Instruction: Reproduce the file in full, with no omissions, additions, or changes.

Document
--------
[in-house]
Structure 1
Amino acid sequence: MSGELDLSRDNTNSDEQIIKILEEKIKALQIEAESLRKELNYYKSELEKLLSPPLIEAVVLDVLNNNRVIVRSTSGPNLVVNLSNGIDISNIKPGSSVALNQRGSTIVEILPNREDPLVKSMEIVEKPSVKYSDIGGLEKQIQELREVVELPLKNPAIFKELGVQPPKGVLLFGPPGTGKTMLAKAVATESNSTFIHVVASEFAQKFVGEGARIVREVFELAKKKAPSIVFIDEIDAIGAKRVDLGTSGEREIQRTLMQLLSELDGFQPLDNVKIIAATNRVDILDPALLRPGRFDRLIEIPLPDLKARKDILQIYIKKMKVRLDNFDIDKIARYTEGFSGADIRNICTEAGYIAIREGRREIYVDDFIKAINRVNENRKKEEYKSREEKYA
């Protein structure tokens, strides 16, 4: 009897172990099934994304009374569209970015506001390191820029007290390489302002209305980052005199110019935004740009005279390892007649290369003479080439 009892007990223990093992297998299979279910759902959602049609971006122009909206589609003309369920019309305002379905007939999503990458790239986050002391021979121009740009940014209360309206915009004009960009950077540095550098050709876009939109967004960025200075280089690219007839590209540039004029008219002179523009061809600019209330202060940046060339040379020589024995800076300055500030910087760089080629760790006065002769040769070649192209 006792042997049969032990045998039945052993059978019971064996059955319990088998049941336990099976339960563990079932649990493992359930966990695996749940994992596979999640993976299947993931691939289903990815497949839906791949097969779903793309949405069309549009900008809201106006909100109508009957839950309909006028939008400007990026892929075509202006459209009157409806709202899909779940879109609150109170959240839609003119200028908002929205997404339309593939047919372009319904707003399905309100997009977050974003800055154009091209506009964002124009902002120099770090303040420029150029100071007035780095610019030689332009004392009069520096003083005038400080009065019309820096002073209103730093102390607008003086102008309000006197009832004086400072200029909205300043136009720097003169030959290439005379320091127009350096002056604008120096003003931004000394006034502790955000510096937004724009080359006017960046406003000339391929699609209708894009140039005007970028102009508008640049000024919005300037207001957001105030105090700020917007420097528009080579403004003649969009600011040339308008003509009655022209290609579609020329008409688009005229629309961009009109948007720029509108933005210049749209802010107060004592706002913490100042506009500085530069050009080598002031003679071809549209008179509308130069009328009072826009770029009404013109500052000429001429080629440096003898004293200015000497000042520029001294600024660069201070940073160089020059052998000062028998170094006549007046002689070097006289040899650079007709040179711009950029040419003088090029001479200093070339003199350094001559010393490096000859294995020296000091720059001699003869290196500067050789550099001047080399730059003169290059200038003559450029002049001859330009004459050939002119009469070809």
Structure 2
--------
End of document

[in-house]
Structure 1
Amino acid sequence: MSGELDLSRDNTNSDEQIIKILEEKIKALQIEAESLRKELNYYKSELEKLLSPPLIEAVVLDVLNNNRVIVRSTSGPNLVVNLSNGIDISNIKPGSSVALNQRGSTIVEILPNREDPLVKSMEIVEKPSVKYSDIGGLEKQIQELREVVELPLKNPAIFKELGVQPPKGVLLFGPPGTGKTMLAKAVATESNSTFIHVVASEFAQKFVGEGARIVREVFELAKKKAPSIVFIDEIDAIGAKRVDLGTSGEREIQRTLMQLLSELDGFQPLDNVKIIAATNRVDILDPALLRPGRFDRLIEIPLPDLKARKDILQIYIKKMKVRLDNFDIDKIARYTEGFSGADIRNICTEAGYIAIREGRREIYVDDFIKAINRVNENRKKEEYKSREEKYA
């Protein structure tokens, strides 16, 4: 009897172990099934994304009374569209970015506001390191820029007290390489302002209305980052005199110019935004740009005279390892007649290369003479080439 009892007990223990093992297998299979279910759902959602049609971006122009909206589609003309369920019309305002379905007939999503990458790239986050002391021979121009740009940014209360309206915009004009960009950077540095550098050709876009939109967004960025200075280089690219007839590209540039004029008219002179523009061809600019209330202060940046060339040379020589024995800076300055500030910087760089080629760790006065002769040769070649192209 006792042997049969032990045998039945052993059978019971064996059955319990088998049941336990099976339960563990079932649990493992359930966990695996749940994992596979999640993976299947993931691939289903990815497949839906791949097969779903793309949405069309549009900008809201106006909100109508009957839950309909006028939008400007990026892929075509202006459209009157409806709202899909779940879109609150109170959240839609003119200028908002929205997404339309593939047919372009319904707003399905309100997009977050974003800055154009091209506009964002124009902002120099770090303040420029150029100071007035780095610019030689332009004392009069520096003083005038400080009065019309820096002073209103730093102390607008003086102008309000006197009832004086400072200029909205300043136009720097003169030959290439005379320091127009350096002056604008120096003003931004000394006034502790955000510096937004724009080359006017960046406003000339391929699609209708894009140039005007970028102009508008640049000024919005300037207001957001105030105090700020917007420097528009080579403004003649969009600011040339308008003509009655022209290609579609020329008409688009005229629309961009009109948007720029509108933005210049749209802010107060004592706002913490100042506009500085530069050009080598002031003679071809549209008179509308130069009328009072826009770029009404013109500052000429001429080629440096003898004293200015000497000042520029001294600024660069201070940073160089020059052998000062028998170094006549007046002689070097006289040899650079007709040179711009950029040419003088090029001479200093070339003199350094001559010393490096000859294995020296000091720059001699003869290196500067050789550099001047080399730059003169290059200038003559450029002049001859330009004459050939002119009469070809």
Structure 2